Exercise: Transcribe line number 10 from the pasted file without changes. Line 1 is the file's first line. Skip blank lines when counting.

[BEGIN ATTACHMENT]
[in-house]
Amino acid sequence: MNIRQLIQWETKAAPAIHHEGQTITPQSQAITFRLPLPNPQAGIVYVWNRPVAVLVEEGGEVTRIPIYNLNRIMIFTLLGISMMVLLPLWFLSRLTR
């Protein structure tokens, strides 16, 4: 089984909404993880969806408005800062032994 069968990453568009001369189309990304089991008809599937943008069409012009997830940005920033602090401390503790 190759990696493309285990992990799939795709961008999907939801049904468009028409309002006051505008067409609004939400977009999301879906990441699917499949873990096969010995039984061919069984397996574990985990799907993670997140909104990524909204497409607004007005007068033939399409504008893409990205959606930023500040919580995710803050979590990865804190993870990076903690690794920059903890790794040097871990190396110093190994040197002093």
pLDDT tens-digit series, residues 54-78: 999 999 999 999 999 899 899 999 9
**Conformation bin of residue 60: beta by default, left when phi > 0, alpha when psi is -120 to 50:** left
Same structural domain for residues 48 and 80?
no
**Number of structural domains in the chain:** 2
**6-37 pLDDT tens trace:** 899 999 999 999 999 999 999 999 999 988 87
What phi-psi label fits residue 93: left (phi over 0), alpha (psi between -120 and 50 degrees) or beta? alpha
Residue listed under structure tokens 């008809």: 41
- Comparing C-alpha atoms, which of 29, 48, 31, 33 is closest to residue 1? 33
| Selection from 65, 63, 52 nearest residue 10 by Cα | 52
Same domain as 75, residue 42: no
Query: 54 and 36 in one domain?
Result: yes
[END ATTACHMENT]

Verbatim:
What phi-psi label fits residue 93: left (phi over 0), alpha (psi between -120 and 50 degrees) or beta? alpha